Looking to save money? Trim the cellphone bill

Woman using her cell phone

These days, the cellphone bill is just as important as paying for water, heat, electricity and the cost of living. It may seem trivial to group a phone in with those important expenses, but it makes sense, given how smartphones have become a staple of everyday life, whether you're a professional, a parent or enjoying retirement.

Firstly, smartphones help individuals communicate through talk or messaging. That's one part of the expense. The remaining features, such as meeting reminders or digital newspapers, can help everyone stay connected and have a wealth of information just a few taps away.

But it's accessing that information that often gets people in trouble. In order to use your phone, you need a plan with a carrier, and because customers have been moving away minutes and text messaging, carriers focus on providing data, which is arguably most important.

Data is limited and currently one of the most expensive parts of a monthly plan from any of the major carriers. Depending on your usage, you may find yourself wasting money on a monthly basis. The money you save on your cellphone bill can instead be reinvested in an emergency savings account.

Here are a few ways to cut your bill if you're struggling for ways to do so:

Compare and contrast
In the U.S., there are four major carriers: AT&T, Sprint, T-Mobile and Verizon. A majority of the population has a plan with the big two - AT&T and Verizon. The other two are smaller and still offer good service, but they're also cheaper.

This has created competition within the market and each carrier has a variety of options you should explore, Time Money recommended [1]. Even better, two-year contracts are a thing of the past and most customers are on a month-to-month deal. You won't have to pay a large amount of money for breaking a contract.

Take advantage of this and compare plans to find the best deal. There will be some trade-offs, such as total coverage area, so you'll want to carefully research everything. For example, you may find it difficult to get a signal when you're traveling through a rural area.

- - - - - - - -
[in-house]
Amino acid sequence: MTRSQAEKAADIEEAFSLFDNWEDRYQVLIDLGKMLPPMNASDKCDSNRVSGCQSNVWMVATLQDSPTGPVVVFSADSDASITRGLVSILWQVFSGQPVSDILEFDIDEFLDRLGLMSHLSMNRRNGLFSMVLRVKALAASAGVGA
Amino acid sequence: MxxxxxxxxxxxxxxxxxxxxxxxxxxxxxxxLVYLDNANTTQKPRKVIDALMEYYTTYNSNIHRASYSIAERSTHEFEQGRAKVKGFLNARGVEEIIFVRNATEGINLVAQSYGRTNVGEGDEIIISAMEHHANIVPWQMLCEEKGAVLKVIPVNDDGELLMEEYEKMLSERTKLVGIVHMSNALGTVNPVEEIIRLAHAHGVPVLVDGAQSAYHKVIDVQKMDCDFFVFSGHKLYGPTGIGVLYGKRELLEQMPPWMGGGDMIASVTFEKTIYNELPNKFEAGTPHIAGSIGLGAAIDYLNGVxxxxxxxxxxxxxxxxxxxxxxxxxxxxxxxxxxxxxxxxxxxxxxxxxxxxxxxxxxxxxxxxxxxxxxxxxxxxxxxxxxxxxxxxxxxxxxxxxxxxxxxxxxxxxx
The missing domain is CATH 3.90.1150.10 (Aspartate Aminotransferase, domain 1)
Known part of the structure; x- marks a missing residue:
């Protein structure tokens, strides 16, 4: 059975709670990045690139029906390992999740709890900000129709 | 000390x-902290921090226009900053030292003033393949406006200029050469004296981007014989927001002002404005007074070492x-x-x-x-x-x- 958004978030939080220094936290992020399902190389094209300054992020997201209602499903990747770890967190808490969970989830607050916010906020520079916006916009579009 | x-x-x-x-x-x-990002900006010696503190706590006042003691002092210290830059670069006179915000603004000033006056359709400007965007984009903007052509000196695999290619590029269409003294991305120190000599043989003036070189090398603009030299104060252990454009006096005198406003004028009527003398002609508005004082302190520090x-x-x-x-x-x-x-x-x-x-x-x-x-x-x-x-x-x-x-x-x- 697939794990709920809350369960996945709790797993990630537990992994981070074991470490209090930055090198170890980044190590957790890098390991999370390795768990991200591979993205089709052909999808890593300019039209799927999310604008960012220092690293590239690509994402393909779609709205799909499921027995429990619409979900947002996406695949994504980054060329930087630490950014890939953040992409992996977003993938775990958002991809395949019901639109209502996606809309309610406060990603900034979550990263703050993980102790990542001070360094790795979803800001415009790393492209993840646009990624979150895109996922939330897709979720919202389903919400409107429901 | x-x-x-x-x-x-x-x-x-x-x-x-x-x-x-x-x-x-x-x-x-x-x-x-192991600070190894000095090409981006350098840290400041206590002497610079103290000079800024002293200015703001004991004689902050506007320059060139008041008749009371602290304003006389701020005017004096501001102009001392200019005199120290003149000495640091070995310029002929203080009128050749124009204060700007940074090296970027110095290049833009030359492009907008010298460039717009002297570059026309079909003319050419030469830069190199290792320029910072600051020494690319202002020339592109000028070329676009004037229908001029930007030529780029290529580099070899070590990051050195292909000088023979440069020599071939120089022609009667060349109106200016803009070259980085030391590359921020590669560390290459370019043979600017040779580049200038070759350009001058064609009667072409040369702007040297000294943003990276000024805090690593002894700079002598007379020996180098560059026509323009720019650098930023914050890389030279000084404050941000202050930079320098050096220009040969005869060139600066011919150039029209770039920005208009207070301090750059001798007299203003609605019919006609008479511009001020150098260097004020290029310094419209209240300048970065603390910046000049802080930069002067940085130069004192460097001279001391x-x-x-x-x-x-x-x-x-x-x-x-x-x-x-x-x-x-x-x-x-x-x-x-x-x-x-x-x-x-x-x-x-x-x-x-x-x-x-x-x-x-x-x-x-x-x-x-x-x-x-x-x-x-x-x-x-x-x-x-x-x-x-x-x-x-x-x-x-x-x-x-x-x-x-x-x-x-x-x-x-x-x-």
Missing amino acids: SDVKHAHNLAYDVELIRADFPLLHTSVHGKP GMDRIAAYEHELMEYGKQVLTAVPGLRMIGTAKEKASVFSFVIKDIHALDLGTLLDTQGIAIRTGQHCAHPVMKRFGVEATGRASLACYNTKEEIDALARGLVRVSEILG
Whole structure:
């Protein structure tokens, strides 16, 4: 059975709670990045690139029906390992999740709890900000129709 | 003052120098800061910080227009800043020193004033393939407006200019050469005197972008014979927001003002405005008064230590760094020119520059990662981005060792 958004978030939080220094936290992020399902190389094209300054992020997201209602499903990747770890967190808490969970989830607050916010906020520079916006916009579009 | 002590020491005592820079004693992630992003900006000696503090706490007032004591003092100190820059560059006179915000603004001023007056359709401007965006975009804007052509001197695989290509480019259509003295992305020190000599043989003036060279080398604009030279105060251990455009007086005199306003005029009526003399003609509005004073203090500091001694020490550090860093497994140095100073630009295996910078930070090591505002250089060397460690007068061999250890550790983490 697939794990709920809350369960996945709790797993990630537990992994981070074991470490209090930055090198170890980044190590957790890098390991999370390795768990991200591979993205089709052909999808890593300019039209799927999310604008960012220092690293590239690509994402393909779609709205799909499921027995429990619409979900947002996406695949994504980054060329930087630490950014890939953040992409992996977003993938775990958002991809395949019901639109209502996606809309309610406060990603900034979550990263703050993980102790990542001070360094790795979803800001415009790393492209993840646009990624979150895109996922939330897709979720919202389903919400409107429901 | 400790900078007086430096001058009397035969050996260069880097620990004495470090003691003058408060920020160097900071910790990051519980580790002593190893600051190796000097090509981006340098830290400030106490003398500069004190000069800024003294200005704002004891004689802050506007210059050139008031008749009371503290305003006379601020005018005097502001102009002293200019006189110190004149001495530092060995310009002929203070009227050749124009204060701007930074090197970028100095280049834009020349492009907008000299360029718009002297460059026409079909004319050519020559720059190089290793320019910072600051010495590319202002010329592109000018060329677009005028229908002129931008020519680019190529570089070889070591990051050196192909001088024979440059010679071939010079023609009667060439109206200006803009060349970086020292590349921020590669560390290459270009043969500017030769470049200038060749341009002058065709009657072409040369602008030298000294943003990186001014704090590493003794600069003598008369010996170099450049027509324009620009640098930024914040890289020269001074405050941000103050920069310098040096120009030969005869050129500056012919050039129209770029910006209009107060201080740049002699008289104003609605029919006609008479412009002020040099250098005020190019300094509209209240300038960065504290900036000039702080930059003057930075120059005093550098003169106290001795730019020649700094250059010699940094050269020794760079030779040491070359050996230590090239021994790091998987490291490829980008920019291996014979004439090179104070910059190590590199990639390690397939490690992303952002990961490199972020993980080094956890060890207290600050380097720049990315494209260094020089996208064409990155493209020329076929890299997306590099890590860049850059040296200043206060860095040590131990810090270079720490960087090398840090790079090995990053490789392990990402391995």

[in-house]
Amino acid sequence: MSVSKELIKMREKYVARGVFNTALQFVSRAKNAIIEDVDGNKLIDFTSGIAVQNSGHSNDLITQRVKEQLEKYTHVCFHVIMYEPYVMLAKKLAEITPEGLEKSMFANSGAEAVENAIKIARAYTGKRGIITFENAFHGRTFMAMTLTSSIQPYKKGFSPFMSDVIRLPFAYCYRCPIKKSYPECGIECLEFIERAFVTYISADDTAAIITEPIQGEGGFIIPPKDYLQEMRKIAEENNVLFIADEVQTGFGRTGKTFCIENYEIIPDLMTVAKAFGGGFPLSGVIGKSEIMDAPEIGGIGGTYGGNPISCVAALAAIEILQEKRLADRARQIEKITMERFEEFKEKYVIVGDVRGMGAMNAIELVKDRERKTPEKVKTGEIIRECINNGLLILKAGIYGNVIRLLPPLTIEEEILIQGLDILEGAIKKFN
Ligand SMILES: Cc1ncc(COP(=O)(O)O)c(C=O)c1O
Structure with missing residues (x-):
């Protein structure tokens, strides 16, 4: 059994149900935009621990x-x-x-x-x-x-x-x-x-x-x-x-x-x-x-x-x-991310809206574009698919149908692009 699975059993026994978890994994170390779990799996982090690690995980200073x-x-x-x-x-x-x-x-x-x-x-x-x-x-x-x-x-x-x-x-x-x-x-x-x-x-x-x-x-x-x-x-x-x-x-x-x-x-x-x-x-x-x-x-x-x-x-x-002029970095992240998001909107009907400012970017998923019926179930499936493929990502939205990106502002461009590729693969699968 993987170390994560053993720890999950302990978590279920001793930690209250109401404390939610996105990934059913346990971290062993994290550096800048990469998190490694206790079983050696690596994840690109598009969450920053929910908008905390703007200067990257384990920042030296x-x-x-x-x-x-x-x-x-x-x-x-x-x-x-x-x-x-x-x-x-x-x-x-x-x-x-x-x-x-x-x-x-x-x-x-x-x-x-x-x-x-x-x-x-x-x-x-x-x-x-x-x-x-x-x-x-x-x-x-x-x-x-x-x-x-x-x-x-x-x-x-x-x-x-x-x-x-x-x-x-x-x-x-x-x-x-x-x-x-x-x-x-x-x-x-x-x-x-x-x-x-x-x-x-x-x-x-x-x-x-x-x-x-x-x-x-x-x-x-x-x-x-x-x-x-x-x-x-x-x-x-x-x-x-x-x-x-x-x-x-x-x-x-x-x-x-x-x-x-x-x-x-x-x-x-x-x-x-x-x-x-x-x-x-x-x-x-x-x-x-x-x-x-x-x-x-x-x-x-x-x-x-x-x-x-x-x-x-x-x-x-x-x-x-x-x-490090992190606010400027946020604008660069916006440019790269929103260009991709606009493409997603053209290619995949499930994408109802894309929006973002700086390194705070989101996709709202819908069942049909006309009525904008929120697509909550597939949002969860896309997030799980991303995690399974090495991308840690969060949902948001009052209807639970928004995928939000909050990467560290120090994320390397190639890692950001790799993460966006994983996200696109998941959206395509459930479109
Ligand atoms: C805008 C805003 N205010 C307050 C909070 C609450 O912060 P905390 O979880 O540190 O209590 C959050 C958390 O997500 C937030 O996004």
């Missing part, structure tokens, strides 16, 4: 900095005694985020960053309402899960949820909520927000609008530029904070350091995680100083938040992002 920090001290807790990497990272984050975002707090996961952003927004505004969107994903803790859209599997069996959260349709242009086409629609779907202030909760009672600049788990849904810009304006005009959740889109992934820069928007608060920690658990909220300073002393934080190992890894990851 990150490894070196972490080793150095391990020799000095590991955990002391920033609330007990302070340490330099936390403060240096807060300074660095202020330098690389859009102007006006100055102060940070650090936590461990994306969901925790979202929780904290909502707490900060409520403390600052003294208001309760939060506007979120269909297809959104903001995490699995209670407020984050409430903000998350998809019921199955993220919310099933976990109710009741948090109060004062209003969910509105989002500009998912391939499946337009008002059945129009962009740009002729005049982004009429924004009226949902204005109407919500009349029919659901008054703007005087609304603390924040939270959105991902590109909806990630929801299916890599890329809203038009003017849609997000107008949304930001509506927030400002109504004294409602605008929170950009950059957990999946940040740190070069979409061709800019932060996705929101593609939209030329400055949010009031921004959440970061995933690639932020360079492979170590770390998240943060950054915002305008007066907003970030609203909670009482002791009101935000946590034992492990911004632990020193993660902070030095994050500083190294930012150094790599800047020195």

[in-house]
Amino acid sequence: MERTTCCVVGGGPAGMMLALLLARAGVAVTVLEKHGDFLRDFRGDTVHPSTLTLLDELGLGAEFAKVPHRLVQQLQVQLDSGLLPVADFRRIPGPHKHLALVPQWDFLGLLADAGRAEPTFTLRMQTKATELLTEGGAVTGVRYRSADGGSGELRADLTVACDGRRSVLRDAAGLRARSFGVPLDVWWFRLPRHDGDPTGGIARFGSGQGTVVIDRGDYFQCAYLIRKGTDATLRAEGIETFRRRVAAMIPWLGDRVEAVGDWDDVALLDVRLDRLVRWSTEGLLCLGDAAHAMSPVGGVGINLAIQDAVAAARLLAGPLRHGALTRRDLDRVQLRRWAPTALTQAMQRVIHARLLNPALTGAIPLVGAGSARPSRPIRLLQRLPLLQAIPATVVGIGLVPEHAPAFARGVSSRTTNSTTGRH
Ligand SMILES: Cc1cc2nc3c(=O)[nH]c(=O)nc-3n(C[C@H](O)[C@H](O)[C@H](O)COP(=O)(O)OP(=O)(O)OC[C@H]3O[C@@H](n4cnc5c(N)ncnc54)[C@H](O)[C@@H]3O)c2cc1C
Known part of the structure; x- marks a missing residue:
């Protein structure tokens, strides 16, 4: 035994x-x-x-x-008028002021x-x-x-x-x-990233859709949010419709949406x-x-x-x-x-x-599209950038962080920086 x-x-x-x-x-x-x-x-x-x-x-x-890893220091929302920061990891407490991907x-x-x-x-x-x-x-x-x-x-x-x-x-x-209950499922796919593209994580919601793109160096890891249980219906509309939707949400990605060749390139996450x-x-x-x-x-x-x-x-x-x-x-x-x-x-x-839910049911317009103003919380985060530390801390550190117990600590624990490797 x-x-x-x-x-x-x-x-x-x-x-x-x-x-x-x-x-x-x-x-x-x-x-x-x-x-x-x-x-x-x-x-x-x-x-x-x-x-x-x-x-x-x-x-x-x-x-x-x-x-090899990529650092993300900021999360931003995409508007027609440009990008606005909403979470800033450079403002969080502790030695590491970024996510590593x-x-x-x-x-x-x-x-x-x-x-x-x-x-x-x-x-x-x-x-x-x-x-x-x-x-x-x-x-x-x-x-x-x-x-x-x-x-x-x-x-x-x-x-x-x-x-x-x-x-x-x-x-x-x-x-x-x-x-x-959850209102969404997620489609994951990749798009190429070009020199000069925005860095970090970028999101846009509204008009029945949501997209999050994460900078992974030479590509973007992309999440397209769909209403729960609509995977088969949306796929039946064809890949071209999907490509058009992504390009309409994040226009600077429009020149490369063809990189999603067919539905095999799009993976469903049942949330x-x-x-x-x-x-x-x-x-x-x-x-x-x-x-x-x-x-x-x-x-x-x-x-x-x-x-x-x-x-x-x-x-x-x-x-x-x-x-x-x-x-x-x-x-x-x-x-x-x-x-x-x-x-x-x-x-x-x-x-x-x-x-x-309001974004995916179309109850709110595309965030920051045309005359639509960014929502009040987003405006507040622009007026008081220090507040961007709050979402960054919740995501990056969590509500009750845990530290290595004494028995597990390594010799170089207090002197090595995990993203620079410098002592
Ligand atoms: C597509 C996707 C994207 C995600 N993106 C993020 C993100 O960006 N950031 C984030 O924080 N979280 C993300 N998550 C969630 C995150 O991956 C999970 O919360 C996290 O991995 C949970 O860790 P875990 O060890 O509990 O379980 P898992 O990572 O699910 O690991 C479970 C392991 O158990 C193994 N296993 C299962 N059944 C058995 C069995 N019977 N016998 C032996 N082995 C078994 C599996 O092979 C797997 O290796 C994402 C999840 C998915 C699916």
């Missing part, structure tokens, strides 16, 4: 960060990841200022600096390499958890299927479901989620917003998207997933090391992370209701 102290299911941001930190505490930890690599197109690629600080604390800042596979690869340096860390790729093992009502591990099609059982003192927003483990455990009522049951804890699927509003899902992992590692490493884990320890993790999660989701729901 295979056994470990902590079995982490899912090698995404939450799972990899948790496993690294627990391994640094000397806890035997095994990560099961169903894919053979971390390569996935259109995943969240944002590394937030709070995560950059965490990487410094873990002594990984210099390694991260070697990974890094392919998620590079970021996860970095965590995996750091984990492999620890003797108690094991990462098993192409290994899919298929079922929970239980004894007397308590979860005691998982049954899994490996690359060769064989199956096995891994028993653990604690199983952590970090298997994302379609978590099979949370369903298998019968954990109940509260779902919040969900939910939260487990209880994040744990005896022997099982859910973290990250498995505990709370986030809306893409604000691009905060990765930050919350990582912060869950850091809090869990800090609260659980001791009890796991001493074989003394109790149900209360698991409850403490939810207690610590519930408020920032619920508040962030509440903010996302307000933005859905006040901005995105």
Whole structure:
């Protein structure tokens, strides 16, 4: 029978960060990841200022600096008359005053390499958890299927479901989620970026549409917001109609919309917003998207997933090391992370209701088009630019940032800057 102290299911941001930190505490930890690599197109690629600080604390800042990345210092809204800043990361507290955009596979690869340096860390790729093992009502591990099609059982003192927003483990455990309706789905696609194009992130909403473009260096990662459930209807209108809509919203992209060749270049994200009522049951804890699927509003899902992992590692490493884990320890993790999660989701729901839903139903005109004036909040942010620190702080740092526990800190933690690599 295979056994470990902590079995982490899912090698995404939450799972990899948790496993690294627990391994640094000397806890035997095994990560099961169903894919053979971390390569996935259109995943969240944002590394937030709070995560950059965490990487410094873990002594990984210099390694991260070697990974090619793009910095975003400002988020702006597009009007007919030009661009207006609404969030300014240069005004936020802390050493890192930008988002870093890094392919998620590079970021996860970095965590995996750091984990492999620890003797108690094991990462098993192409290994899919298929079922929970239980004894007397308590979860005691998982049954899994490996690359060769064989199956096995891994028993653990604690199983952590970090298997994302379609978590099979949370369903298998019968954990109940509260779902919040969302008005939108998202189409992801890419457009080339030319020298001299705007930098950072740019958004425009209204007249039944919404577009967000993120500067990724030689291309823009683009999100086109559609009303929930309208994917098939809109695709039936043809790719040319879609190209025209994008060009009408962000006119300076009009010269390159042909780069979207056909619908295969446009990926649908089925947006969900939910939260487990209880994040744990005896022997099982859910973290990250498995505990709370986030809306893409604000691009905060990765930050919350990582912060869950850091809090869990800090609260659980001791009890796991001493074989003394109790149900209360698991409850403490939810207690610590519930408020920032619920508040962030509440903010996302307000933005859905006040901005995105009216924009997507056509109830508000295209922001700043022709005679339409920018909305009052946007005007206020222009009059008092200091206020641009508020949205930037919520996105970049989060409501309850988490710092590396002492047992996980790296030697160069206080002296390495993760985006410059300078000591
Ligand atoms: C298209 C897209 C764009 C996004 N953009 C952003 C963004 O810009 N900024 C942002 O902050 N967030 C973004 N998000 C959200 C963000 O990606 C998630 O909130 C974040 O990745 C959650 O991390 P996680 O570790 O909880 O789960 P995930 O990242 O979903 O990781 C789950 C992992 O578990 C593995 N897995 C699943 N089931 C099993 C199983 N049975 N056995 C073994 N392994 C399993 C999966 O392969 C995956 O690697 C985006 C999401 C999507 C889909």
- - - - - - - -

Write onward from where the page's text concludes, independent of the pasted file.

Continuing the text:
Change your usage
Currently, most smartphone owners probably find most of their usage is a result of data exhaustion. All text messaging is free, and voice calls are few and far in between for many. But just because you find yourself always browsing social media or checking your email doesn't mean you need to be paying large sums for data.

Instead, consider changing your browsing habits, Bankrate advised [2]. Each carrier allows you to monitor your data usage. If you find that, on average, you only use two gigabytes of data every month, there's no reason you should be paying for an unlimited plan.

Try to ensure that whenever you're on your device, you're connected to wireless Internet. This also includes downloading music onto your device for offline playback so you aren't streaming and consuming data.

"Lowering your bill can net you hundreds of dollars in savings."

Go prepaid
Carriers also offer prepaid plans that give you a defined number of minutes and data. Some are as cheap as $30 a month, depending on the size of the plan. These can be a viable alternative if you want to spend less, but still want the service of a large national carrier.

Smartphones are here to stay, and for many, they are an irreplaceable part of life. To lower your bill, shop around, compare plans and examine your data-usage habits. You may find that you are actually paying more money for a plan than you actually need.

[1]. 4 Cellphone Hacks That Can Save You Major Money

[2]. 5 simple ways to save with a cheaper smartphone plan

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